trodes. The most suitable materials for the photoconduc
The inventor provides a photocell having a pair of elecv tive ribbon 58 have been found to be of the photoconduc
trodes spaced from each other by a distance less than the
tive semi-conductor class. Cadmium selenide has been
60
sector length of a quantum, and providing a photocon
found to produce the fastest light response thus far, and
ductive mass between the confronting electrodes.
cadmium sulfide, lead sulfide (PbS) and lead selenide
It is a further object of the present invention to provide
(PbSe) have also been found to be particularly suitable.
a method of making photocells with confronting pairs of
electrodes spaced by a sufñciently small distance to avoid
the necessity of a radial-defining slit when employed in an
f, optical encoder.
Other suitable photoconductive materials for the layer 58
are ZnSe, ZnS, ZnTe, CdTe, germanium, silicon, and
PbTe.
The electrodes of the second group 54 are connected
to a common terminal 60 mounted on the housing 44
These and additional objects of the present invention
and insulated from other electrical conductors. Each of
will become readily apparent to those skilled in the art
from a further reading of this disclosure, particularly 70 the electrodes of the ñrst group 52 are connected to sep
arate terminals 62A, 62B, 62C, 62D, 62E, 62P, 62G,
when 'viewed in the light of the drawings, in which:
yFIGURE l is a vertical sectional view of an encoder
62H, 621, 62],
62K,
62ML, 62M, 62N, 620, and 62P, respec~
'
`
tively.
nordsee
3
The sensitive regions of the photocell assembly «26
are the regions between the confronting pairs of the elec
trodes, such as the region between electrode 52A and 54A.
These regions are disposed confronting one of the tracks
of the code disc 24; for example, the outermost track of
the code disc 24 is confronted by the region between the
electrodes 52A and 54A, and the innermost track of the
code disc is confronted by the region between the elec
trodes `52P and 541’. The photocells will only produce
a response when light impinges upon thesensitive region
thereof, and this will only occur when a transparent sec
tor of the track of the code disc 24 is disposed between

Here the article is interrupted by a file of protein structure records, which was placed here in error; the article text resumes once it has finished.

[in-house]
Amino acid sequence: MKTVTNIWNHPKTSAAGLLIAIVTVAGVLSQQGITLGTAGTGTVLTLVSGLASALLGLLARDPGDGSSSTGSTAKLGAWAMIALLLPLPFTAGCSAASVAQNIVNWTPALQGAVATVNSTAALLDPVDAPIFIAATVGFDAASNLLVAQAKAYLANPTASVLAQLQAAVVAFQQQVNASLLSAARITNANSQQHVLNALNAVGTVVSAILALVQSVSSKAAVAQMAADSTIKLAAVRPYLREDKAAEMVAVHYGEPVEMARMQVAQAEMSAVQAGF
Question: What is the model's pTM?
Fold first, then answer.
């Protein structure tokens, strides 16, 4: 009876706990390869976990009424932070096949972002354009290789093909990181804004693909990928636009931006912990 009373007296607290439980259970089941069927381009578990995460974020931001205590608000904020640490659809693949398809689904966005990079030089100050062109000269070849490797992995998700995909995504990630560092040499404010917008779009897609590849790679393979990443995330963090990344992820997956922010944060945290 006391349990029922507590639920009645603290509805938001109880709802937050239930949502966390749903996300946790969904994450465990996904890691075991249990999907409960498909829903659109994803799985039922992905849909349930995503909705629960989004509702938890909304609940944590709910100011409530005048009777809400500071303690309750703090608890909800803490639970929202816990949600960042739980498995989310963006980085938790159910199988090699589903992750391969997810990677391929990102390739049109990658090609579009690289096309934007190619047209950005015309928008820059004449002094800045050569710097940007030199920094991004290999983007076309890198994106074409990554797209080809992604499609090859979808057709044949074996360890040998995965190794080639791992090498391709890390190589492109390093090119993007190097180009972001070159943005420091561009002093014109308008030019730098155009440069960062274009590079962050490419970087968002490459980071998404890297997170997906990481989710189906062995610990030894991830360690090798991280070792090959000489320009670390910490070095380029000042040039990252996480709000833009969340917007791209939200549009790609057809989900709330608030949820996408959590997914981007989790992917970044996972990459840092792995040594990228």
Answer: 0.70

the sensitive region of a given photocell and the light
source 28.
`
It is to be noted that the photoconductive layer or rib
bon 58 extends between adjacent electrodes of each
code disc. The two groups bf electrodes 52 and 54 are
maintained at a spacing of 8 microns.
With cadmium =
selenide as the coating material 53, 65% of the current
rise or decay is accomplished in 25 microseconds or less,
when the cell is sufficiently illuminated by a 5-watt
tungsten lamp situated at ardistance of one-half inch from
the cell.
j
The photocells may be constructed with a printing
technic. The electrodes 52 and 54 are printed upon the
glass base plate 4S'in the form of 4an Inconel lilm.> The
photoconductive ribbon 58 is then deposited by vacuum
evaporation on the plate 4S and Inconel electrodes 52 and
54. The photocells may also be constructed by evap
orating a’rhodium Vor aluminum coating on the glass plate
48, and thereafter etching the electrodes 52 and 54 on
group. This, however, does not create coupling `between
the rhodium or aluminum. The photoconductive ribbon
53 is then `evaporated o_nto the glass plate and electrodes.
the adjacent electrodes of e'aeh group Vbecause of the factv
that the regions between adjacent electrodes` are main
providing hermetical' sealing ofthe ribbon 58'of photo“
FIGURES also illustrates an alternative construction
material. Two strips `64 and ’66 of cernentare
tained dark by the opaque coatingon the code disc >24 20 'conductive
disposed on the base plate 48 -and electrodes 54 and 52,
between adjacent tracks. As a result, the electrical resist
respectively, adjacent to the ribbon 58 of photoconduc
enceof the layer S8 'ofphotoconductive,materiàl‘remains
tive material. ' A thin strip 68 of transparent material is
high in these regions.
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_
In order vto‘elirninate the conventional radial-defining
slit disposed between 'the code 'disc`24 and the photo
cell assembly 26, it is necessary that the photocell assem
bly 26 Ibe positioned closelyA adjacent to the ’code disc
secured to the electrodes and the base plate 48 by the
lstrips 64 'and 66 of cement. -A vsuitable material for 'the
25
strip ‘63 has been found to be thin glass, and in one con'
struction this glass strip 68 is 1.3 mil thick and ë/lß inch
24 and `that the spaces between the confronting groups of
` Even though the drawings of the foregoing disclosure
'electrodes be less than the length of the smallest sector
in the confronting code tracks. Inv order to obtain a 30 illustrate an encoder employing a rotatable disc, ~the in"
vention may clearly be practiced by a device employing
high light to dark ratio from the photocells, that is, a
rectilinear motionvfor impressing a code upon an ana
large electrical response to illumination ‘relative to the
logue signal. In like'manner, the invention 'may be» prac
ydark condition, it is necessary togposition the photocell
ticed employing motions other'than yrectilinear and rota
assembly 26 as close to the code disc 24 as possible. This
wide.
is d_ue to the fact that light intensity falls off inverselyv
as the square of the distance from the source, and also
due to the fact that diffraction and reflection of vlight
have the effect of partially illuminating dark sectors.k The
tional'.
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From thetforegoing disclosure, the man skilled in the
art will readily devise many other embodiments of the
present invention within the Scope thereof. It is there
fore intended that the scope of the presentv invention be
applicant has found that the distance between the code
disc 24 and the photocells must be maintained not more 40 not limited by the foregoing disclosure, but rather only
by the appended claims.
çthan ten times the length of the shortest sector 'of the
The invention claimed is:
p
icode disc in order to achieve a suitable light to dark re
time of the photocells is a function of «the distanceV from